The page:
The thing I didn’t realize at the time was that my sensibilities were nowhere near the mainstream and would never mesh with Hollywood in any way, shape or form. I didn’t really know or appreciate it at the time, but I had pretty much already learned how to write. What I should have done was majored in something practical that would have made me a lot of money early so that I could then stop working for other people, invest, and then have the whole artsy career thing.

Yes, if I had a time machine, that’s the life-path I would go back and beat into my 16-year-old self. “You’re either going to study some business thing, like get a license in insurance or real estate, do it for a decade and hate it but cash out, or you’re going to hit the gym with a personal trainer and then become a model or porn star or both and love it but then cash out. Then you can pretty much be what you want to be.”

So I hit college and film school and in the middle of my first semester I get a call from a theatre professor who had been talking to one of my film professors, who had mentioned to her that I played keyboards and owned a synth. “Would you be interested in playing for the musical we’re doing this fall?” she asked.

“Oh hell yeah.” It was an obscure piece written by the people who created The Fantasticks, an off-Broadway musical that ran for 42 years. The one we did, Philemon, was less successful, most likely because it’s a lot darker and basically deals with a street clown in 1st century Rome who winds up impersonating an expected Christian leader in order to out Christians in a Roman death camp only for the clown to actually try to inspire a revolt and it doesn’t end well for anyone.

But… I had a great time doing the show, made a lot of new friends, and got talked into auditioning at the next semester company meeting for the next show. I did it mainly based on the fact that “There’s no way in hell I’m going to get cast in a play as an actor.”

I got cast. And since doing a show gave credits, not to mention that I’d started college basically a semester ahead thanks to credits from high school AP classes in English, Spanish, and History, I had room to add a minor. So what did I do? I added two — theatre and psychology.

Oh, look, Dad. I’m overachieving again.

I performed in or was on crew for at least two shows per semester from that point on, although three or four were the norm, especially after I’d gotten involved with the Del Rey Players, who were essentially the “amateur” theatre club on campus.

By the time that college was over, I’d written a couple of not-that-good screenplays, but had really connected more with theatre in general, and all of my friends were theatre people, not film people. (There was a lot of crossover, though.)

Still, I had it in my head that I was going to go into film, but I started writing plays. My first after college “real” job was working for the Director’s Guild pension plan offices because, again, I was naïve enough to think that that was close enough to the industry to get in (hint: it was not), but it is where I met a woman, Thana Lou Tappon — although she went by just Lou — and when she heard that I was into theatre, she invited me to join up with a playwriting class she was in, and that became a life-changing moment.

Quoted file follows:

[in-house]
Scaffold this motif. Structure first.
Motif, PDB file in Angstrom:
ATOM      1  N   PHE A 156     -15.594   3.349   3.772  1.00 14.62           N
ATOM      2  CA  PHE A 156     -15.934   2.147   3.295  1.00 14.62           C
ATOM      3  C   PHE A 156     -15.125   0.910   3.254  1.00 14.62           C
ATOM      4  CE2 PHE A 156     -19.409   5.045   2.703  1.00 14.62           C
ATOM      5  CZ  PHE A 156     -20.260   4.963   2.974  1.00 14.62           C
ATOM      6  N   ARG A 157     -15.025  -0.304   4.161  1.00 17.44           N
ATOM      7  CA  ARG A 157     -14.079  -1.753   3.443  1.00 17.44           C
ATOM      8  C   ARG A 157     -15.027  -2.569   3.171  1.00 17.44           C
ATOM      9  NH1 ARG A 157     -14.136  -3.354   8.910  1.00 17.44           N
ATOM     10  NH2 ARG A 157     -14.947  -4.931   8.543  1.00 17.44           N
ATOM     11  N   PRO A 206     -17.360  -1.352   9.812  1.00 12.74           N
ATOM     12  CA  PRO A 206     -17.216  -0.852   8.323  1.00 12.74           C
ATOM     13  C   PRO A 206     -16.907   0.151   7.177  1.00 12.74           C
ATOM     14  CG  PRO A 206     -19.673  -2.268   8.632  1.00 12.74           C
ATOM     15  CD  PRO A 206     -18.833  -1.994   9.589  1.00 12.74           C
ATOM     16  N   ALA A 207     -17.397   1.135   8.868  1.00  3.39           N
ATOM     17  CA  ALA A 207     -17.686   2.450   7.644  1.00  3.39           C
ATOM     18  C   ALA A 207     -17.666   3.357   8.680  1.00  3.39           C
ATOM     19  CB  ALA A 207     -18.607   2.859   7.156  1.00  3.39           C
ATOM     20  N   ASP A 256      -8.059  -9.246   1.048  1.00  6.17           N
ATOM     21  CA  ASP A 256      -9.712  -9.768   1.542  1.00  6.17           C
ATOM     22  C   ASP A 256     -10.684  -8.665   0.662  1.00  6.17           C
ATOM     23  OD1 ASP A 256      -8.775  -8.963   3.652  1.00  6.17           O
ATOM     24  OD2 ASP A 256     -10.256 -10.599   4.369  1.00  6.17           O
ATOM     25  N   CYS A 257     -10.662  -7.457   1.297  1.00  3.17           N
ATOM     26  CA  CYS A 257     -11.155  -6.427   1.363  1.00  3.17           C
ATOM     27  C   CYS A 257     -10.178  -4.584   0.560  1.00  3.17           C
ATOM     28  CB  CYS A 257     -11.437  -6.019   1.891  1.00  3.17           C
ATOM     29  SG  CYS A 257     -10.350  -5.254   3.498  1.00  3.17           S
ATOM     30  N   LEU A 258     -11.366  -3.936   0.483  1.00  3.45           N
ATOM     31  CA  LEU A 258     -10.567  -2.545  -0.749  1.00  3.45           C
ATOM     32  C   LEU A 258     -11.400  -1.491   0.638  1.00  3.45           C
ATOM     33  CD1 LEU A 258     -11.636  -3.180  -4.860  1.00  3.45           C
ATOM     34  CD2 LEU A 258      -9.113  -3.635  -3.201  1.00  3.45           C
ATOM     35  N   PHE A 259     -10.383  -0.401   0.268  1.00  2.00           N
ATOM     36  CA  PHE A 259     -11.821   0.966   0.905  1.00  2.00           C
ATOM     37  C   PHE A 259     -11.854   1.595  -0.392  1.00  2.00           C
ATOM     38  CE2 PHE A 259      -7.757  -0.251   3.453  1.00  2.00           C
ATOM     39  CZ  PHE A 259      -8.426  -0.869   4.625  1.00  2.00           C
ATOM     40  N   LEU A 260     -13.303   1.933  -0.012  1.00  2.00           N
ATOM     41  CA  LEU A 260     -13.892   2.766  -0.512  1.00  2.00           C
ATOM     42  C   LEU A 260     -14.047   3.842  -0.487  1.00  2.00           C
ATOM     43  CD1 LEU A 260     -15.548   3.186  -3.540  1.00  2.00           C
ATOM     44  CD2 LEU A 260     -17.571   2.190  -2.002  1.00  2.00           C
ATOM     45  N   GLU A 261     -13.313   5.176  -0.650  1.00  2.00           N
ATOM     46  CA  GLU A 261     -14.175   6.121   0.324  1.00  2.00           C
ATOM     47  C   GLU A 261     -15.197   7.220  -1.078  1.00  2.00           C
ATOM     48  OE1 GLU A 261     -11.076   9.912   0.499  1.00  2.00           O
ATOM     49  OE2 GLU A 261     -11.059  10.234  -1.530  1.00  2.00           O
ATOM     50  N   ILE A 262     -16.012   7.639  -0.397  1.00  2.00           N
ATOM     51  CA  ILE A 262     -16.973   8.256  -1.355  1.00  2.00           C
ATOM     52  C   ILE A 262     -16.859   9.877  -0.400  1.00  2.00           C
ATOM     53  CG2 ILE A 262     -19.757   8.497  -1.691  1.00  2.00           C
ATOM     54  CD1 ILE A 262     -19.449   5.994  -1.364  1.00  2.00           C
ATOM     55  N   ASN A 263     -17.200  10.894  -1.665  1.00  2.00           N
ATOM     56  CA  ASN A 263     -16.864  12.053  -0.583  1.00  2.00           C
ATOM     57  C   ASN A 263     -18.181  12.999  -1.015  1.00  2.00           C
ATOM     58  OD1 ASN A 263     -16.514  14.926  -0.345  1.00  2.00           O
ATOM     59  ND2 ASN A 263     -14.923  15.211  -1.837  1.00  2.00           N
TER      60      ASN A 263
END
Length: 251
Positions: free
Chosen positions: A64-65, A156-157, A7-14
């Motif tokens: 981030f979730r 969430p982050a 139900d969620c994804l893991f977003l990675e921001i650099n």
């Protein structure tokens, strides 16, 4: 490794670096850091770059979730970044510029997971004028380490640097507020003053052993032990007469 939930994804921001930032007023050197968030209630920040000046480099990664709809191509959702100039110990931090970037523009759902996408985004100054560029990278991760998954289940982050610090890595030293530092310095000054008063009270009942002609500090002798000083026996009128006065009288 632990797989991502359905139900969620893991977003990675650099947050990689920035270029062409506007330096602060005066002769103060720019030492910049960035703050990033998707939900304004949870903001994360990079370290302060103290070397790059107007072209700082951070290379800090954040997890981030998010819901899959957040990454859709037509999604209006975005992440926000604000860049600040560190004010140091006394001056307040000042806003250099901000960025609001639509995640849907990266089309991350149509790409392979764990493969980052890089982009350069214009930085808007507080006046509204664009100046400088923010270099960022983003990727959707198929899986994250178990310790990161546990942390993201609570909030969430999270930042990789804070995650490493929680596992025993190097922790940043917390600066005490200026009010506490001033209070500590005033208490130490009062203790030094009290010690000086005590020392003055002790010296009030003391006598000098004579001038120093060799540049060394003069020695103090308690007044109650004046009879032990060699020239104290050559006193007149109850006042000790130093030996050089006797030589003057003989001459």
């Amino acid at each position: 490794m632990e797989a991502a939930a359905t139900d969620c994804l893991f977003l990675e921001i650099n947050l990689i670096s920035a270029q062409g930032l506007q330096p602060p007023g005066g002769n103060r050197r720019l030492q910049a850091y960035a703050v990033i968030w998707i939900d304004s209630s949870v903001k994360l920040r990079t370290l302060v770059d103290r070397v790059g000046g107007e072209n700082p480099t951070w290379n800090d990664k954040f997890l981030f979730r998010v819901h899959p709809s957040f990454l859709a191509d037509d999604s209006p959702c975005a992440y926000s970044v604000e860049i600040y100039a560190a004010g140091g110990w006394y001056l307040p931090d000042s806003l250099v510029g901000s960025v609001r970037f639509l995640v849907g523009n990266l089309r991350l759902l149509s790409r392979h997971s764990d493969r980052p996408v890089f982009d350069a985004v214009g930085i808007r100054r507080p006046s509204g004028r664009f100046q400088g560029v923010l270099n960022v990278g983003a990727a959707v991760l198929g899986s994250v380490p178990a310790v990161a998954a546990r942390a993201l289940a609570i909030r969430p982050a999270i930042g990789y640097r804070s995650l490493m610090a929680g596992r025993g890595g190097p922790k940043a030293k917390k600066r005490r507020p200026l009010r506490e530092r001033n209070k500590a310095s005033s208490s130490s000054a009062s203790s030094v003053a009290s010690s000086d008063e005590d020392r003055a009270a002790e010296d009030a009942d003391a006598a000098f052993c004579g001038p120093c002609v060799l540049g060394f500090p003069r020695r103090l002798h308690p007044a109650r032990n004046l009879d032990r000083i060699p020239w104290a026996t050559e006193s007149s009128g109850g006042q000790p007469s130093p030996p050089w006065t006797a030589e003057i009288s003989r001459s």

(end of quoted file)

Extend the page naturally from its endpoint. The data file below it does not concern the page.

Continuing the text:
The teacher and mentor I met was  man named Jerry Fey. Basically, he somehow wound up teaching a playwriting class as part of the UCLA Extension for a semester and realized two things. One, he loved teaching. Two, he hated the bullshit that came with academia. So he tapped his favorite students, and set off on his own. And to his great credit, he did it for free.

It was in his group that I created and developed the first-ever short plays of mine to actually be produced, and then wrote the first full-length that was produced and not just anywhere. My debut as a playwright was at a little theater called South Coast Rep. Basically, it’s the Center Theater Group of Orange County or, if that means nothing to you, one of the many regional theaters that is Broadway equivalent without being on Broadway.

In fewer words: I managed to start at the top. And that’s not to blow my own horn but rather to honor Jerry, because none of that would have happened without his guidance and input… and then, not more than a year after my premiere, he didn’t show up for class one day and I was the one to make the phone call from the theater which was answered with the news that he had died the night before. Official version: Liver cancer. Real reason? We’ll never know. I do have to wonder, though, whether he knew back when he started teaching for free on his own, and was giving back in advance of his inevitable demise.

But what he left behind was a group of people who kept going as a workshop for years, dubbed themselves The Golden West Playwrights, and we are still friends — hell, family — to this day.

Flash forward past other produced plays, one of those plays getting me into a Steven Spielberg sponsored screenwriting program that was fun but led to nothing except for a close friendship with a famous science fiction writer, then winding up working for Aaron Spelling, and the same play getting me my one TV writing gig, and then winding up in a playwrights’ group at another theater company, The Company Rep, only to balls up enough to audition for one of their shows and make my return to the stage, this time doing more Shakespeare, playing every guard, officer, soldier, and whatnot in The Comedy of Errors, and doing it with a broad comic Irish accent — something that inadvertently led to me doing a Michael Flatley impression in the show that brought the house down. Yeah, the director’s idea, not mine, although I accidentally suggested it.